Sydney's first Mardi Gras was the last in a series of events produced as part of the Day of International Gay Solidarity, on 24 June 1978, by the Gay Solidarity Group, following a morning protest march and a public meeting. At 10pm that night, people began to assemble at Taylor Square, with the crowd surrounding a flatbed truck with a sound system playing Meg Christian’s Ode to a Gym Teacher and Tom Robinson’s Glad to be Gay as they set off down Oxford Street to Hyde Park.
Even though the street festival had a permit to “assemble and march”, the police kept forcing the truck to speed up. By the time they got to College Street, the police confiscated the truck and tried to arrest the driver and key organiser, Lance Gowland, in the first confrontation of the evening. The hyped-up crowd decided to head to Kings Cross, but soon after their arrival the police swooped in without warning, blocking exits, arresting 53 and bashing many back at Darlinghurst police station.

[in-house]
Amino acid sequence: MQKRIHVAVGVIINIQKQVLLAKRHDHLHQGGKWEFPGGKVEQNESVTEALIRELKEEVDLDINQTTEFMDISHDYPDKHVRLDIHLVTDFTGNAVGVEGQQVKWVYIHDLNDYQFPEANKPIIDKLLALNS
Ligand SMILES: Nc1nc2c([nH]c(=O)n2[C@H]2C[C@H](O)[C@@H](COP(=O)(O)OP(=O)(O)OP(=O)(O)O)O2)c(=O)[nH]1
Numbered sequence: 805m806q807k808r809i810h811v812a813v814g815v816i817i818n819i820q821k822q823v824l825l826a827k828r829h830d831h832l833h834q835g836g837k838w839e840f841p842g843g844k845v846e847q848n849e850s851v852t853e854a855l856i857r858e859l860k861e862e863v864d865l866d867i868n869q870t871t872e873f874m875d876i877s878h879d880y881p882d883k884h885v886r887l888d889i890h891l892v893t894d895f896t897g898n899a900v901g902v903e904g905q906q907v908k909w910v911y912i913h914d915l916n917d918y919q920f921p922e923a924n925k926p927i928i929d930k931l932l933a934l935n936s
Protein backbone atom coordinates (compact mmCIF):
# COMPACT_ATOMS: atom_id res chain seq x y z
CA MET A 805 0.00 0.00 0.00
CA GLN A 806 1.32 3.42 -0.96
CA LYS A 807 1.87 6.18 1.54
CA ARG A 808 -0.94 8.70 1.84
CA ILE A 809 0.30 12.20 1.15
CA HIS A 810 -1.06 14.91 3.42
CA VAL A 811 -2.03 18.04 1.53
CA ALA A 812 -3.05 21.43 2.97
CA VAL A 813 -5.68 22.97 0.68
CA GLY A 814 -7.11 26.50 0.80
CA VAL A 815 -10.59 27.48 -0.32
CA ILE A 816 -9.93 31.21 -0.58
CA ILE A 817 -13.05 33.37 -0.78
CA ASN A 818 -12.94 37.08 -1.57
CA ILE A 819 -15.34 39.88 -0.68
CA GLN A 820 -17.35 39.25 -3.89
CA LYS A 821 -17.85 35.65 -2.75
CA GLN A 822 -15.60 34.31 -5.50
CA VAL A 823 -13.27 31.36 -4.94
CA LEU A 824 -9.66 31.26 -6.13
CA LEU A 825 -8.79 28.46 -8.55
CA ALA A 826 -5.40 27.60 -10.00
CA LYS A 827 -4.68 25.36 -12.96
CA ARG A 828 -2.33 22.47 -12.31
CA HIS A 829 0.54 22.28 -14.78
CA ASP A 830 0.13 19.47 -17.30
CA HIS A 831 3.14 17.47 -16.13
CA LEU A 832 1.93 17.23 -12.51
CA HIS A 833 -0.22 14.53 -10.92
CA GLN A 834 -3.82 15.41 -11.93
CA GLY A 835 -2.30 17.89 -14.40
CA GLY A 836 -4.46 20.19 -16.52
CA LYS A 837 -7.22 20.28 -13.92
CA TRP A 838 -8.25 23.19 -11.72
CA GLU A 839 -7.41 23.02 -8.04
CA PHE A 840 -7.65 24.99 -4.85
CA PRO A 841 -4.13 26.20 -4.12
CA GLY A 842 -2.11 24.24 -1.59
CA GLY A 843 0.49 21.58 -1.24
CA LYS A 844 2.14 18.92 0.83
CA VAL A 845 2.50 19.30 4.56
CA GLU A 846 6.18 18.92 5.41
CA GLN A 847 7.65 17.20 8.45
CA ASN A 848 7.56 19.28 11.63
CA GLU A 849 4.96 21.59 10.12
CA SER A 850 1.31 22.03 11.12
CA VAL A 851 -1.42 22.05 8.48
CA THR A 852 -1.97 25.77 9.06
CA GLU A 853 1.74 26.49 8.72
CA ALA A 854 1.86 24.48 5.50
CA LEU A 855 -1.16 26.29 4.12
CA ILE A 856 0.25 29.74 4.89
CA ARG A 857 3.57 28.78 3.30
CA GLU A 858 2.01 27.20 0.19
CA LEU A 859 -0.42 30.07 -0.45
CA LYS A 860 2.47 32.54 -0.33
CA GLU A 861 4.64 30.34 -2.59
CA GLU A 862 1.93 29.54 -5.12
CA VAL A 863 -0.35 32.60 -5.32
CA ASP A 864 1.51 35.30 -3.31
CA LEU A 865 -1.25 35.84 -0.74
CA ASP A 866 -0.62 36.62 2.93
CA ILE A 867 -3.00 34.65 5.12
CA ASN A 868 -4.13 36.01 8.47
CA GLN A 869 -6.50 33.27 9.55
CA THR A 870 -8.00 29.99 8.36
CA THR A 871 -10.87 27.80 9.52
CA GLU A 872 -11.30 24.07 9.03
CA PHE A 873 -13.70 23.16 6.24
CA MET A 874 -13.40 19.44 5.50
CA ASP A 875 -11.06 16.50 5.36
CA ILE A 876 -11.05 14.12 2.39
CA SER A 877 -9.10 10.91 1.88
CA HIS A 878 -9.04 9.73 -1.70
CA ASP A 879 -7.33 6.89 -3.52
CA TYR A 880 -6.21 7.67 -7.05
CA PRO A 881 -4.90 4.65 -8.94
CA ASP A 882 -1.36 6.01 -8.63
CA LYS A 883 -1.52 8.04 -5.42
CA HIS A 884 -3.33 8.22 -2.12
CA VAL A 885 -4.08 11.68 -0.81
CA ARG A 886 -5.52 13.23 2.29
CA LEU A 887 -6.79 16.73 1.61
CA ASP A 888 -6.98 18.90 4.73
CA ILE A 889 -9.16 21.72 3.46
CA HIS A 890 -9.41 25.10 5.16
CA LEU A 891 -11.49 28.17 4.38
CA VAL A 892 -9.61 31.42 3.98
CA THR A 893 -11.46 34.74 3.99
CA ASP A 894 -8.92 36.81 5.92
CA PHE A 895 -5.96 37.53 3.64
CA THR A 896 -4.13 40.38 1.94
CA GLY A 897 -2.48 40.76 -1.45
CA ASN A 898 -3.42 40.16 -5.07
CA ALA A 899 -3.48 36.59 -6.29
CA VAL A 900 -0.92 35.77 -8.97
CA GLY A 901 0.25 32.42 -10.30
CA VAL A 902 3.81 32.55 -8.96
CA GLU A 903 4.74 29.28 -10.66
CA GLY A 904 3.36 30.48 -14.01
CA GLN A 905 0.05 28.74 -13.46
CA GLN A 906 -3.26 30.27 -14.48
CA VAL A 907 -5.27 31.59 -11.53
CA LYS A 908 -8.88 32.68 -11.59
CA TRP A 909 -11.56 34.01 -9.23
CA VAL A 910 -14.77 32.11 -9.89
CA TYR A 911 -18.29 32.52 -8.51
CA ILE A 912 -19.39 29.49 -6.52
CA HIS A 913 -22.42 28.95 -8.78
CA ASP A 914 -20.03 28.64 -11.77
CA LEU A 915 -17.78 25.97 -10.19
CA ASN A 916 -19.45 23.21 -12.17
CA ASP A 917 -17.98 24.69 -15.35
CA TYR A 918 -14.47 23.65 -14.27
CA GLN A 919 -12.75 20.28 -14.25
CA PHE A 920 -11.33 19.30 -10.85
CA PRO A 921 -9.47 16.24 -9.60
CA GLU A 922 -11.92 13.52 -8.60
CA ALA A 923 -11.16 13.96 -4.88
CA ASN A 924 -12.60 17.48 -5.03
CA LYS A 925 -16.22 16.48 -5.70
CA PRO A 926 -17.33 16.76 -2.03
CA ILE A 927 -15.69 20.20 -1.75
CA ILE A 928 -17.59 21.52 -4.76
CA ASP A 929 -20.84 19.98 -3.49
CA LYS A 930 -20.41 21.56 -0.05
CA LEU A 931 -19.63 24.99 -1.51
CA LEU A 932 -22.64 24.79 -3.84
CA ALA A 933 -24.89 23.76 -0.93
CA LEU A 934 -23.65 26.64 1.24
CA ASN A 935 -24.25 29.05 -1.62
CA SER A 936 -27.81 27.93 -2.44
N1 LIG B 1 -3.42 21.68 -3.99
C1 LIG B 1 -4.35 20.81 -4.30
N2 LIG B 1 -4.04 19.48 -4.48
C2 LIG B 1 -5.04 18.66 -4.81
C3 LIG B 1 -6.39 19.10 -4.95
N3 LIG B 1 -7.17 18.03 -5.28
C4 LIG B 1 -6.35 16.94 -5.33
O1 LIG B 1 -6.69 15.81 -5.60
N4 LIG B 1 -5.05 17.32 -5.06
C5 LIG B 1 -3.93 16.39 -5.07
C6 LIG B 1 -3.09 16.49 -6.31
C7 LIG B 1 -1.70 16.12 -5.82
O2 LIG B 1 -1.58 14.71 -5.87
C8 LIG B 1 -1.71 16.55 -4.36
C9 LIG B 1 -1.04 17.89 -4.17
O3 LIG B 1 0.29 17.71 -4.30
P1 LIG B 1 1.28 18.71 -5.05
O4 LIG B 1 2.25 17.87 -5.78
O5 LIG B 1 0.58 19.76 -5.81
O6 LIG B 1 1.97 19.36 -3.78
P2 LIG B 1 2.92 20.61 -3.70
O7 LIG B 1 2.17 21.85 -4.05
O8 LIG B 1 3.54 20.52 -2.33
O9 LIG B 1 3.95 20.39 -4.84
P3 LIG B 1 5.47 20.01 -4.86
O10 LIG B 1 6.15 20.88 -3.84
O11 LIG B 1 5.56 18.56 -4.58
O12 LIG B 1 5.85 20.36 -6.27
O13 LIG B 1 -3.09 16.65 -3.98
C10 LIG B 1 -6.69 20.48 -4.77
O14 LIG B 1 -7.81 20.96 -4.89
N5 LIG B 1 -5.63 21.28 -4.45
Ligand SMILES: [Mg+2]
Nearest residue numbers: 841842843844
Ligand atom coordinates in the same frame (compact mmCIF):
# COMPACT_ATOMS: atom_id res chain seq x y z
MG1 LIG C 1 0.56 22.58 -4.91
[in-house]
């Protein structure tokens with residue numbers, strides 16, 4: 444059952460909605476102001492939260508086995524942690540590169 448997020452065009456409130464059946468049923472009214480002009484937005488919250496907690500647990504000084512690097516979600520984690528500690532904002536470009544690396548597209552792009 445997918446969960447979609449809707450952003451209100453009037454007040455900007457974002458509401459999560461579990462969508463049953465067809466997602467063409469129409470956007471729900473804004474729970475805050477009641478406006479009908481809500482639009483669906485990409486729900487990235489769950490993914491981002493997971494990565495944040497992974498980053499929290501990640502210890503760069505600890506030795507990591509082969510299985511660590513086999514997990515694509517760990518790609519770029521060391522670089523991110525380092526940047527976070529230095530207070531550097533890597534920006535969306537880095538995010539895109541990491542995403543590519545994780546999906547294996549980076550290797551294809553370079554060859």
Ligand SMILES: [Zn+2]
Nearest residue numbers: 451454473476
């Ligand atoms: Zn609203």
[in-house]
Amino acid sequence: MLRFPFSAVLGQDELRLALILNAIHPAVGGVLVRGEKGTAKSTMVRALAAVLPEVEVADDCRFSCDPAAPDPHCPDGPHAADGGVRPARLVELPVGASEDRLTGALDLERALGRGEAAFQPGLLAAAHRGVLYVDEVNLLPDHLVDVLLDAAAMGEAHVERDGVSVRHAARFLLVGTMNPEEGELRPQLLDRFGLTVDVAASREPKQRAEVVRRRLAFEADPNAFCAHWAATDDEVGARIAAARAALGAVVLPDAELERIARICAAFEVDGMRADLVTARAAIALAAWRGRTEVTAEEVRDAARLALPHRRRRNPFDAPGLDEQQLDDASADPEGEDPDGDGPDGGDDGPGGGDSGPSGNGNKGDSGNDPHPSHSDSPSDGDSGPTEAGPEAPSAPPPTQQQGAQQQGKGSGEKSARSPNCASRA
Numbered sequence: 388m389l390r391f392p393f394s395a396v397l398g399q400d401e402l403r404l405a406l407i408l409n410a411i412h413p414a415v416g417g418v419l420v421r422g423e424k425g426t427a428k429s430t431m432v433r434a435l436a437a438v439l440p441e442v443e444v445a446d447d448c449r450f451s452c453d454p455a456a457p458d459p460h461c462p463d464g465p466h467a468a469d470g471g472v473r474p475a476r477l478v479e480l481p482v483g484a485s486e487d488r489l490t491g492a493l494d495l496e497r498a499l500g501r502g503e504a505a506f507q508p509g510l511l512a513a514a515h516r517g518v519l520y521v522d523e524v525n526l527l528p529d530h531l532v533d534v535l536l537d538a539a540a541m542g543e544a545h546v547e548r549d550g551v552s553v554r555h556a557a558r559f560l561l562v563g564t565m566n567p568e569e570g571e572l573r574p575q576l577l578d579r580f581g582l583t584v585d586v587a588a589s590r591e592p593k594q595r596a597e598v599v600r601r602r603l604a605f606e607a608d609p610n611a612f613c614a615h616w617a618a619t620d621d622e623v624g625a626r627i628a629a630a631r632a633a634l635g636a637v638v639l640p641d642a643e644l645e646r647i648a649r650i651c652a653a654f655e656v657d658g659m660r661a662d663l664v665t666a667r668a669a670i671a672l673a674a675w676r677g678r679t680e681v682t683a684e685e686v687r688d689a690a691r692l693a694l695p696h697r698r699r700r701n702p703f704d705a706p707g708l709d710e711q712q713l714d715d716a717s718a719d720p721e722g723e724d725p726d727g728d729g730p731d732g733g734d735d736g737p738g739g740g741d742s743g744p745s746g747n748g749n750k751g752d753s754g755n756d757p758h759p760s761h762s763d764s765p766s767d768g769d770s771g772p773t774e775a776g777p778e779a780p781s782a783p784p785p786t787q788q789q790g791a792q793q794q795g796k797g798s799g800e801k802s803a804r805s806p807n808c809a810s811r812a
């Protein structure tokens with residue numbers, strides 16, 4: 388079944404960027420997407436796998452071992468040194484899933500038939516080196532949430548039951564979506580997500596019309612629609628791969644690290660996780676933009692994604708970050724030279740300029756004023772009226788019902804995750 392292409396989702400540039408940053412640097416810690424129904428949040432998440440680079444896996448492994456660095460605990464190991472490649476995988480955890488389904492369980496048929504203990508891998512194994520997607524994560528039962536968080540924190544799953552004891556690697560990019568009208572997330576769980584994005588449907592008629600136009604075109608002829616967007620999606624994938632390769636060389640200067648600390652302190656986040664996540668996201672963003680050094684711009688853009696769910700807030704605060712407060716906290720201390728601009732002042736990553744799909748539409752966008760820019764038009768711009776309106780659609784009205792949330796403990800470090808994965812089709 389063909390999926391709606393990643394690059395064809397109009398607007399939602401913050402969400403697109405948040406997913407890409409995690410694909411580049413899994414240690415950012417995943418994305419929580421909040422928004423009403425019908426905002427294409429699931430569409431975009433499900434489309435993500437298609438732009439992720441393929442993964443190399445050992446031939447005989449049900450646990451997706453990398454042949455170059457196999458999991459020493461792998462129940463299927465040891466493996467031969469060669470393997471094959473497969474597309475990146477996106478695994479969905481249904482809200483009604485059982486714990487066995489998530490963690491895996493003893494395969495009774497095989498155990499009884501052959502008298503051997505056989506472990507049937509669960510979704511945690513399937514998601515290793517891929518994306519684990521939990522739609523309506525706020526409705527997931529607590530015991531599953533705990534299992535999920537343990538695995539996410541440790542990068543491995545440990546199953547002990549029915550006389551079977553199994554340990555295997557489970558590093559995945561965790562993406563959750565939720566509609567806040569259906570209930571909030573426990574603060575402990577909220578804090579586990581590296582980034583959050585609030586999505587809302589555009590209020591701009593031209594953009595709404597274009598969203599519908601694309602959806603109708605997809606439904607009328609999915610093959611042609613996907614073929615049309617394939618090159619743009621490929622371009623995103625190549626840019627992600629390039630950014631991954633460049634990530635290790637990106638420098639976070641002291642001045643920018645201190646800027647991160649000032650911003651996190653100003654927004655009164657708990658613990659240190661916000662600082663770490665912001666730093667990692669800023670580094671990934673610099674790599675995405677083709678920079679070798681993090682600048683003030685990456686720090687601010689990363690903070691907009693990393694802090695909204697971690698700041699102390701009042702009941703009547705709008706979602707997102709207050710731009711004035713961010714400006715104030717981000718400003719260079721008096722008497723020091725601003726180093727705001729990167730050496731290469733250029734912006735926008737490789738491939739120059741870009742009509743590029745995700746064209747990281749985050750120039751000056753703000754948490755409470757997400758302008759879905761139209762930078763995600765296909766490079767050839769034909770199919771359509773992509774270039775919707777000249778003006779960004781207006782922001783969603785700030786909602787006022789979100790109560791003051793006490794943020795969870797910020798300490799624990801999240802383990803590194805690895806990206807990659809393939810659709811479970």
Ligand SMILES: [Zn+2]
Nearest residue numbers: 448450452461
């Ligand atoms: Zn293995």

One of the most audacious Mardi Gras floats was produced for leather and fetish store The Link by owner David Beschi, featuring an actual tank. Hired from the Tuggerah Lakes military museum, the tank arrived on the back of a large flatbed truck. Beschi notes that when they got it off the back of the truck and started it up “it tore-up 10 yards of bitumen and the noise was thunderous, so we had to put it back on the flatbed truck and drive it and us in the parade. Later I got a bill from the council for $7,000 for road repairs to Crown Street.” Read more via the Guardian
Watching the 40th @sydneymardigras on @SBS tonight with my beautiful wife and her best friend who were both young 70’s radical lesbian feminists when I was just an 8 yr old tomboy. Let’s celebrate love, freedom, solidarity and happiness. #mardigras2018 🌈🍸🍾🌈👯♀️👯♂️ 🎉 pic.twitter.com/On5FMZlx71— Yvette Walker 🌈 (@ywalkerwriter) March 3, 2018